CompassMot - prop flipping and rotation on 25+kg with Mauch current sensor

How to effectively test a large (25+ kg) Hexa copter before the first flight.

I have been advised to use CompassMot with a current sensor by a LAME.

After reviewing Randy’s video on the subject, removing the 36-inch factory-machined props which have dual-screwed brackets and reversing seems daunting. The input I received was to disable the internal compass, add an external and move as far away from any electrical components as possible that could give off interference.

I have one Here3. Inside the fuselage. GPS 3D lock is solid.

Does doing this negate the need to run CompassMot at all?
If so how would you determine if there is any interference?

To add.
My frame came with 6AWG wiring from the Battery cradle to PDB.
I have a Mauch PL-200 inline voltage sensor with 10 AWG and I have a main line to PDB with 6 AWG. Is it possible to just desolder and cut in the sensor with 6AWG?

All answers are appreciated in advance.
Anthony

Have you flown this copter yet? If so, I would look at the compass performance and decide if you need to use COMPASS_MOT. It’s easy enough to generate the values after a flight using MagFit.

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No. This vehicle has never lifted off the ground. In NZ any UAS over 15kg has to be certified airworthy before it can even take off (even if in the middle of nowhere)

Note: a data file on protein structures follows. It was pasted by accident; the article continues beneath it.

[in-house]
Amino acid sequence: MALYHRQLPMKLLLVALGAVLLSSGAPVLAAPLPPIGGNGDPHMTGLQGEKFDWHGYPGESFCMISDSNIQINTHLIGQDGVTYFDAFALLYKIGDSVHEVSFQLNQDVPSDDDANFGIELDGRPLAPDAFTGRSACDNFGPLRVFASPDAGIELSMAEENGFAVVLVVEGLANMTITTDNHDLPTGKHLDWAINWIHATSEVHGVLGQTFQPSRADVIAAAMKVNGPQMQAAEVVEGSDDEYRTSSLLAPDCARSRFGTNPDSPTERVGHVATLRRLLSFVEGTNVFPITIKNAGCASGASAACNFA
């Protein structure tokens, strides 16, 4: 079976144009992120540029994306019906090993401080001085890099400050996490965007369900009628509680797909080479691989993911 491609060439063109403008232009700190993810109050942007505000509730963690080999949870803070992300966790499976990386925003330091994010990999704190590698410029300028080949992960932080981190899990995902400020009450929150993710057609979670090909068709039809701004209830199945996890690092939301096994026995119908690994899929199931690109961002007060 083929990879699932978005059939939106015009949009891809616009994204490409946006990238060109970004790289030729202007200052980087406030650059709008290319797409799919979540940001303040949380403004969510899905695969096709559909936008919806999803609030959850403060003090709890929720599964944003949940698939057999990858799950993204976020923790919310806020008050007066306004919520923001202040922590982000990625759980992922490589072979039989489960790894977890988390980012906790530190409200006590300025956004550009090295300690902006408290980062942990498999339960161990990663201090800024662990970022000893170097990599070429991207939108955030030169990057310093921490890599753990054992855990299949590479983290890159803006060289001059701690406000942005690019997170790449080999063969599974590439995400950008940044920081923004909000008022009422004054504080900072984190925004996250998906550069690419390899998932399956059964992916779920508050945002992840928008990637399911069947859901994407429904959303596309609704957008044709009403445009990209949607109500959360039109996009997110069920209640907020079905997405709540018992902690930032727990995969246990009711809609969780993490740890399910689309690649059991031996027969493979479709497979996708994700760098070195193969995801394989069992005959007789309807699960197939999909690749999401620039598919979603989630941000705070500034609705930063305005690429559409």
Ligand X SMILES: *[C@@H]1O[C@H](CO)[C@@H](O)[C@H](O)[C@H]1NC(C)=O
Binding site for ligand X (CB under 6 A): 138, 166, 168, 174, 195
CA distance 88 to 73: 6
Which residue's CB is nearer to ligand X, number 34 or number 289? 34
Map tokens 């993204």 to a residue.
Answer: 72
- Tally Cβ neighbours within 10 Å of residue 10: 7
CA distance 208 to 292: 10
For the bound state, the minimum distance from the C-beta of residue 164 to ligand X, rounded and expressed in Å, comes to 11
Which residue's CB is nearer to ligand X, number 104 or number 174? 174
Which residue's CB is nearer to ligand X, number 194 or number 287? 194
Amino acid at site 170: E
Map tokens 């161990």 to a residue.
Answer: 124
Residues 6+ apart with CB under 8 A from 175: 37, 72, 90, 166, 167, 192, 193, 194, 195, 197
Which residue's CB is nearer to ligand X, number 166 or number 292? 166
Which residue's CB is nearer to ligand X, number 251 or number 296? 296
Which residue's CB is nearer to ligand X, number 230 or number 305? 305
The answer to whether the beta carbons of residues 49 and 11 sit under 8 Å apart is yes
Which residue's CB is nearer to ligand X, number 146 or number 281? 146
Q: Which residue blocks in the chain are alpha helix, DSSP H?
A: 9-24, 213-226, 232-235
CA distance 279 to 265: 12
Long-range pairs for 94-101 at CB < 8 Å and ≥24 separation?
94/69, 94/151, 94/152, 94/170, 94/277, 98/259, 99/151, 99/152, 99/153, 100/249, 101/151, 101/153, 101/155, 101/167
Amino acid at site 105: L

Get it to a flyable reasonably tuned state without Compass/Mot and so that you can do some figure 8’s and yaw maneuvers. Then run the resulting log through MavExplorer MagFit utility.
This will give you fine tuned compass and COMPASS_MOT params to adjust.

It’s typical to disable the flight controllers internal compass, assuming the external compass in the GPS unit is a reasonable distance from the power wiring. If they are both close to the wiring, then do as good as you can to start with, then Magfit should sort it out.

I think you could desolder the 10AWG wires off the sensor and solder on the 6AWG - but you will need a serious soldering iron and experienced person that can do it relatively quickly without destroying parts by overheating.

EDIT
Something like this should do it :laughing:
Mine is still going strong and has done car battery cables amongst other nasty jobs, it’s only about 30+ years old
image

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Thanks Shawn
Really hard to get to a flyable point without being able to test fly. Go figure NZ is so Chicken & Egg when it comes to testing and airworthiness.

I’m going to try some shielded braiding to see what happens as well. Can’t hurt.

I did get a 120W Pace a while back and it solders beautifully as I needed something for putting XT90s on 12AWG without melting the plastic so I will give it a try. think it was a case of seeing if anyone had success doing this before. I reached out to Mauch a number of times but no reply on that front.

A

To add I just received a solder pot so hoping that by tinning the wire this will make life easier.